Note: The author of this post wishes to remain anonymous.
The sexual content of Blue is the Warmest Colour was much discussed, dissected and debated this year, especially following its Palme D’or win at the Cannes Film Festival. Indeed, much has been made of its infamous sex scenes – and it’s not entirely clear whether the focus has been on the explicit sex scenes or the fact that the scenes depicted lesbian sex. The director, Abdellatif Kechiche has had to defend himself from comments by the actors that the explicit scenes were ‘humiliating’ to shoot, and that he ‘exploited’ them as actresses. Of course, Blue was not the only movie of this sexually explicit kind in 2013: we had sex addiction from Thanks for Sharing - a film starring Gwyneth Paltrow and Mark Ruffalo that showed characters dealing with sex obsessions in relationships. We also had explicit, Palme d’Or-winning lesbian sex scenes in Blue is the Warmest Color. Indeed, a film rarely gets onto Oscar prediction lists without a good dose of sex or violence. Journalists made much of the fact that Steven Spielberg – seen by most as the epitome of the Hollywood cinema system - was head of judges and applauded the film’s artistic merit.
As soon as motion pictures were produced and released, there was concern over whether the industry was going to be able to correctly censor and control its own output, in relation to violent, sexual or inappropriate content. This concern led to the establishment in 1909 of ‘The New York Board of Motion Picture Censorship’, a governing body that approved the content of films before they were generally released. It became popular very quickly, leading most filmmakers to send their films for review and approval. The organization changed names a few times: first to ‘The National Board of Censorship’, and then becoming ‘The National Board of Review’. There’s an indication here of how fast things were moving in the film industry – all of these changes happened between 1909 and 1914. In 1914 bills were proposed to set up the Federal Motion Picture Censorship Commission, in which was stated that no film would be granted copyright unless it had approval for its content by the FMPCC. These bills did not become law but their conception alone indicates how much influence motion pictures were understood to have. Scenes from Howard Hughes, The Outlaw in 1943 for example, were deemed inappropriate because they emphasized Jane Russell’s breasts and were thus too sexually explicit – a notion that seems quaint now, but that Hughes had to comply with (up to a point) in order to have his movie released.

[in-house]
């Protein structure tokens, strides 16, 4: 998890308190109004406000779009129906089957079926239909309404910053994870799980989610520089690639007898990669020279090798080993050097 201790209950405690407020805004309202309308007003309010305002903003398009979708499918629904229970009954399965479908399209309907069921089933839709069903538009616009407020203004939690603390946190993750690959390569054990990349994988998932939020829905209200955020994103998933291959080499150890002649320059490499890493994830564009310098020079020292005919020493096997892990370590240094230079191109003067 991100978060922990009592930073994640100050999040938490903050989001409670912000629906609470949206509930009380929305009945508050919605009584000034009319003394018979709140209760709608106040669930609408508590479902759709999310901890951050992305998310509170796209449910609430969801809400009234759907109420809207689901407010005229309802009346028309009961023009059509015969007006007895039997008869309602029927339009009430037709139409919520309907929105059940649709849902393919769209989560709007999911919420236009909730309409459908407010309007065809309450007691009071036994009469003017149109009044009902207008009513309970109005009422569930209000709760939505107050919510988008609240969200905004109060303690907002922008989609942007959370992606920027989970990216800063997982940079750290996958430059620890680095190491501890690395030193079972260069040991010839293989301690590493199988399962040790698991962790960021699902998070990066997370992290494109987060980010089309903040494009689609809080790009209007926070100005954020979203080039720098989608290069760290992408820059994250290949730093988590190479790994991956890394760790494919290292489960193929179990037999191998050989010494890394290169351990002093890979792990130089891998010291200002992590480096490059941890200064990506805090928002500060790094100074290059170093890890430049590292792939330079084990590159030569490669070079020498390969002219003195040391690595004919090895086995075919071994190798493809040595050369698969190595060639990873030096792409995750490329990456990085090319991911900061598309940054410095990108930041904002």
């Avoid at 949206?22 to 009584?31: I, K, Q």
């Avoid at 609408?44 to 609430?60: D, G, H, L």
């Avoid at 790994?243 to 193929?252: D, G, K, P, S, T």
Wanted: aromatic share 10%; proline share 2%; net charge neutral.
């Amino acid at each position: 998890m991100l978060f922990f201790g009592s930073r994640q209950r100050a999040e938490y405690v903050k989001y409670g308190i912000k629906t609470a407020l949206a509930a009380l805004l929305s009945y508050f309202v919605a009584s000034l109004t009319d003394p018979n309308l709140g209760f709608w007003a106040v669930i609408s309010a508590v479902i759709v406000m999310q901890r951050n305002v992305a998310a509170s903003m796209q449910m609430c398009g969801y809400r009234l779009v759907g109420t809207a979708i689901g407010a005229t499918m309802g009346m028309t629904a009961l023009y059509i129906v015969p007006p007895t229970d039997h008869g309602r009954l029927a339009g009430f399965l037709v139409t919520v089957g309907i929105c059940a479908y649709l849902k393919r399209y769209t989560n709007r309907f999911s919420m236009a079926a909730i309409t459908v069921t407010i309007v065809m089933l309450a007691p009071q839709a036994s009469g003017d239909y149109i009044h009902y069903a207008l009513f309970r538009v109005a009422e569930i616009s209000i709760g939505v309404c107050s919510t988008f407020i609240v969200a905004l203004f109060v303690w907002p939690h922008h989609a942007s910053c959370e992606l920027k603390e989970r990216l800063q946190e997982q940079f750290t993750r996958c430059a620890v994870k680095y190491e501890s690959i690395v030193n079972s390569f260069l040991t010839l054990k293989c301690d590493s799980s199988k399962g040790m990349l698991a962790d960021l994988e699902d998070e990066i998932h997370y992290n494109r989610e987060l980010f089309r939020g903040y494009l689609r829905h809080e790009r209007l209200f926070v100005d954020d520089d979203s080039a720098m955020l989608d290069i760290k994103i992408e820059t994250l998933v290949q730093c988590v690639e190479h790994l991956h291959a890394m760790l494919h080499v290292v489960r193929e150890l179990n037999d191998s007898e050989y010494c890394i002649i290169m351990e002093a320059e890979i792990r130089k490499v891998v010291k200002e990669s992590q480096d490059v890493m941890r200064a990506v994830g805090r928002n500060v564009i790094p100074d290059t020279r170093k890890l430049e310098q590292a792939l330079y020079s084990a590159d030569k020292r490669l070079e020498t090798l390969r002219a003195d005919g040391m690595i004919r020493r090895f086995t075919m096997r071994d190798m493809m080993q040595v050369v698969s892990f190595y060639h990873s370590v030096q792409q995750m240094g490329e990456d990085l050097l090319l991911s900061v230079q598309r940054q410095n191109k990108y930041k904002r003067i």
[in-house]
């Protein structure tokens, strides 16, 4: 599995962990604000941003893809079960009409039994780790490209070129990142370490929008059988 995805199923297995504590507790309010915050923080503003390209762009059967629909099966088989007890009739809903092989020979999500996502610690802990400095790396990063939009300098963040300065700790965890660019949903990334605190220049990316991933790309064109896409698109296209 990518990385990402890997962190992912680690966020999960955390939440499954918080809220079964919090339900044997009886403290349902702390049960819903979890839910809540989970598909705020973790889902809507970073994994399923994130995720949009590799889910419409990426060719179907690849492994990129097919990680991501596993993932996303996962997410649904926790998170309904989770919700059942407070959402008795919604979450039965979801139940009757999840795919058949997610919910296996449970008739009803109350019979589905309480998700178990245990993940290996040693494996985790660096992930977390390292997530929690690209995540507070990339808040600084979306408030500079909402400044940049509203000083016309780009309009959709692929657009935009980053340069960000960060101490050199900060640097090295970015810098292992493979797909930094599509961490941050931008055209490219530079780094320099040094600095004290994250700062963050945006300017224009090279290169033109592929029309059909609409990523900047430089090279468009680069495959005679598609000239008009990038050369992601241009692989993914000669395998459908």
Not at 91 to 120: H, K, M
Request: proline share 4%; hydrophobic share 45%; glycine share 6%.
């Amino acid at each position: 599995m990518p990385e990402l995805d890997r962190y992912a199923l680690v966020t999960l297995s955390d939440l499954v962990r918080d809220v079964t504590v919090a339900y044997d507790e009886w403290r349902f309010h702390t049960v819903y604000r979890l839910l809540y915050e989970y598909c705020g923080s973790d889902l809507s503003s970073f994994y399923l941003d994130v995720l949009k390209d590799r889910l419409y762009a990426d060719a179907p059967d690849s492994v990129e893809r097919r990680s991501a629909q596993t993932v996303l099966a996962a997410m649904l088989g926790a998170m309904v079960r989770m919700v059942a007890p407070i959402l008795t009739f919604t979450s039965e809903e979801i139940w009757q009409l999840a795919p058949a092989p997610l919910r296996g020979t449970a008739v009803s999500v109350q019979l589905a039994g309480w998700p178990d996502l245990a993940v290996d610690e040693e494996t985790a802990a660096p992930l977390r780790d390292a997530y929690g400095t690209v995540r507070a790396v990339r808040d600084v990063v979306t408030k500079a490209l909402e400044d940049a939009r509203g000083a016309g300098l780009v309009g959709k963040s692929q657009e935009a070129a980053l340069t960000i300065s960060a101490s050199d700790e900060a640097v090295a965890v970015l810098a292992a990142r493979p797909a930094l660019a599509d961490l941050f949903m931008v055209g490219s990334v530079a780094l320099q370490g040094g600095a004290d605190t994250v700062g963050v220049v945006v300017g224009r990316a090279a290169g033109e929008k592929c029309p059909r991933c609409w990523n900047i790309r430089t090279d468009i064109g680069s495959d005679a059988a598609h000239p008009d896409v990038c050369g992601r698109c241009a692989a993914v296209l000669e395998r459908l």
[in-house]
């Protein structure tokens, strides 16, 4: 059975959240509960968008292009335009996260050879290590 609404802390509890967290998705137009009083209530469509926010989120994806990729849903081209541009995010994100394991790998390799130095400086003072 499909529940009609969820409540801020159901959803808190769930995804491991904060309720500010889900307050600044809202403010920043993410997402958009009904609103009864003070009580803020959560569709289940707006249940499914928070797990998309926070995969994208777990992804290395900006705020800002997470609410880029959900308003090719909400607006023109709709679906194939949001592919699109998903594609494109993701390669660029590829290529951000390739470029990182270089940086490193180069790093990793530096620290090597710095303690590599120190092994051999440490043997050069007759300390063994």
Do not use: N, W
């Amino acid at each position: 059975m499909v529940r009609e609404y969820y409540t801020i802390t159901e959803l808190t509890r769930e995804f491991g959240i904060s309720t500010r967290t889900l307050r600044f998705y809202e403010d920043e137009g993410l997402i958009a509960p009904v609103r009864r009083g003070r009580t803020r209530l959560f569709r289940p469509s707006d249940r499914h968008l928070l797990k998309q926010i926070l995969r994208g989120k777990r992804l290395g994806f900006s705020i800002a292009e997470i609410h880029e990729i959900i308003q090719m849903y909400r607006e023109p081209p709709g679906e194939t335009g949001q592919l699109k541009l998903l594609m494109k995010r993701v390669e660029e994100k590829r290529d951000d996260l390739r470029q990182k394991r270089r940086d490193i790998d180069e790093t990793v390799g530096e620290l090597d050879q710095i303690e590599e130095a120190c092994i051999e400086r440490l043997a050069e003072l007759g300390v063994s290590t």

Eventually, the Motion Picture Production Code was established in 1930 and ran until 1968 when it was replaced by its own classification system: what we know today as ratings assigned to each new release, such as 15, 12 or PG. This industry standard allows audiences to know what to expect from films, and gives film producers the ability to know how much explicit content and language they may use in each production. In addition to this, American organizations have been set up advocating for responsible entertainment and are often backed by parents and religious groups. However, many people believe that the proliferation of sexual content online, in movies and video games is leading us to become whole nations of sex addicts, or to at least have powerful obsessions to viewing sexual and explicit content as we arguably become more de-sensitized to it. Although there is still taboo surrounding explicit sexual content, films such as Thanks for Sharing and the media attention that surrounded Blue is the Warmest Colour are confronting this subject.
What does a film like Blue achieve?
Steven Spielberg said that he felt the film, Blue is the Warmest Colour was a ‘profound love story’, and that its message of love – regardless of it whether it’s in the context of a heterosexual or homosexual relationship – carries a very strong message. The fact that he did not focus his attention on the sexual content of the film, or particularly mention it at all, indicates a much changed ‘Hollywood’ system from the one in which Hughes had to edited out Jane Russell’s cleavage…